Another reason to be thankful: You haven’t come down with the flu. Yet. Centers for Disease Control (CDC) fudges when asked how bad this year’s flu season will be. “It’s not possible to predict,” admits CDC’s website.
CDC strongly recommends getting a flu shot, but we all know that doesn’t always guarantee absolute flu protection. When the vaccine was formulated months ago, its manufacturers took an educated guess as to what permutations of flu virus will be taking us down this season.
Catching the flu, of course, is all about exposure to the virus. At work and home, we have limited but significant means to defend ourselves. Practicing good hygiene (regular hand washing). Avoiding touching your face after shaking hands. Working remotely when possible. Co-workers letting everyone know when they aren’t feeling well. And, last but by no means least, boosting immunity through smart nutrition.
Dr. Joel Fuhrman, author of Super Immunity, advises healthy portions of the GBOMBS—greens, beans, onions, mushrooms, berries and seeds.
Now, let’s throw an all-bets-are-off variable into the equation. As a meetings professional, you fly. Sometimes often. A Canadian study published in 2004 found passengers were 113 times more likely to have caught a cold during a five-hour flight between San Francisco and Denver than during normal daily life.
But there are strategies for ducking flu and cold viruses when you fly. For those that follow, we are indebted to health journalist Melanie Haiken.
Drink lots of water, before and during the flight.
Low humidity in an airplane cabin is a chief cause of our likelihood of getting sick, because the mucus membranes in our noses and throats—our primary defenders against letting viruses and germs into our systems—don’t work as well.
Don’t touch the seat pocket in front of you.
According to the National Institute of Allergy and Infectious Disease, rhinoviruses—which give us the common cold—can live up to three hours on any surface, whether that’s the seat pocket, tray table or armrest. If you must touch, slide your sleeves over your hands first, or use a tissue.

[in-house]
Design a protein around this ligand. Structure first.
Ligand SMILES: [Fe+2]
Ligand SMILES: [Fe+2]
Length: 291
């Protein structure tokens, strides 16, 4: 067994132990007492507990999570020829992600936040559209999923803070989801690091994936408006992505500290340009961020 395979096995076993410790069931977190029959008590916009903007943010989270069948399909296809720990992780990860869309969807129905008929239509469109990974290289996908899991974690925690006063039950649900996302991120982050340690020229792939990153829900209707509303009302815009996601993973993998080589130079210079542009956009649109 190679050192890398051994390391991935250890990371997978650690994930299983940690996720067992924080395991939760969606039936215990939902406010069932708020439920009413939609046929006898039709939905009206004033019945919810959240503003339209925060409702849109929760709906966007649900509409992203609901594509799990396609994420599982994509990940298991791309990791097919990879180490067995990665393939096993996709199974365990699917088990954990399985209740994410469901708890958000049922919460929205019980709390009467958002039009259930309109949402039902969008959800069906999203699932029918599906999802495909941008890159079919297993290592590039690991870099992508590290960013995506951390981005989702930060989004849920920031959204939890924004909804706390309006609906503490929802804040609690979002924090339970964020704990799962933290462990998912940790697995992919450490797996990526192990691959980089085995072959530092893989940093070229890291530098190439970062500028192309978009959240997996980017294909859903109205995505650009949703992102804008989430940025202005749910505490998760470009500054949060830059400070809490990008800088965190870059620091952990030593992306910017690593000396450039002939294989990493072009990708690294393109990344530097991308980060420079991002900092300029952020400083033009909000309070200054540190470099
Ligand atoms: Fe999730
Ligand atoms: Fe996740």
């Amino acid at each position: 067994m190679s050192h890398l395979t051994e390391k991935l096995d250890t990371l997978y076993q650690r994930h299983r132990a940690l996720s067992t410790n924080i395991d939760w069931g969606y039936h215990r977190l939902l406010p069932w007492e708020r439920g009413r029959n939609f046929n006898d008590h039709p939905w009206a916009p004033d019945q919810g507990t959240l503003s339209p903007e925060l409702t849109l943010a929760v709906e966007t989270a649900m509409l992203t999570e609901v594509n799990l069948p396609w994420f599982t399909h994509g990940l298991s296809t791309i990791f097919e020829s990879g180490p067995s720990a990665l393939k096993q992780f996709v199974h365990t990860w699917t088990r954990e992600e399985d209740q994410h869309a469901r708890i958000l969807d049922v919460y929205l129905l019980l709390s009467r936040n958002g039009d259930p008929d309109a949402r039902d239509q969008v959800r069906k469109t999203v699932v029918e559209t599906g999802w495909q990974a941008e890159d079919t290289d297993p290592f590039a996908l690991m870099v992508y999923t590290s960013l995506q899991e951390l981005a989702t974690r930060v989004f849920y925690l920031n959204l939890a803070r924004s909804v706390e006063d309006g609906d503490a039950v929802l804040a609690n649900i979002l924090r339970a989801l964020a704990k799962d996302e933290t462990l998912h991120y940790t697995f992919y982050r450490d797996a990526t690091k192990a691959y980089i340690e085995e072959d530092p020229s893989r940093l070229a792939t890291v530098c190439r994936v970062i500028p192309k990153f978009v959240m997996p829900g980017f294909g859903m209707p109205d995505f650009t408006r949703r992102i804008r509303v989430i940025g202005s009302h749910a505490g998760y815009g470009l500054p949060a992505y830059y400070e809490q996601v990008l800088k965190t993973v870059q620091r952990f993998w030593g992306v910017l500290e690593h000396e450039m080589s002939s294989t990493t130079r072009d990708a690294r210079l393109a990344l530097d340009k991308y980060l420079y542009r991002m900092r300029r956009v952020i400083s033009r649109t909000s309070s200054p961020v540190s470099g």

Use disinfecting wipes.
Wipe down all those icky surfaces in front of and next to you.
Open the air vents.
Sounds wrong, doesn’t it? But research says actively recirculating air (which is filtered) can help push floating nasties away.
Close the toilet lid before flushing.
A 2005 study found that large numbers of microorganisms persisted in the toilet bowl surface and in the bowl water, which were disseminated into the air by further flushes. Enough said.
Use your seat as a barrier.
If you have a hacker or sneezer behind you, keeping your seat upright can help shield you.
Protest if you’re stuck on the runway with the ventilation system off.
In one research study, 72 percent of passengers became ill with flu within two days after being held on the plane with no ventilation for three hours because of an engine problem. All it took was one sick passenger. Current regulations require passengers to be removed from the aircraft within 30 minutes of shutting off the ventilation system. If your pilot ignores this rule, talk to a flight attendant. If that doesn’t work, try to get other passengers to complain. In past cases, that has worked.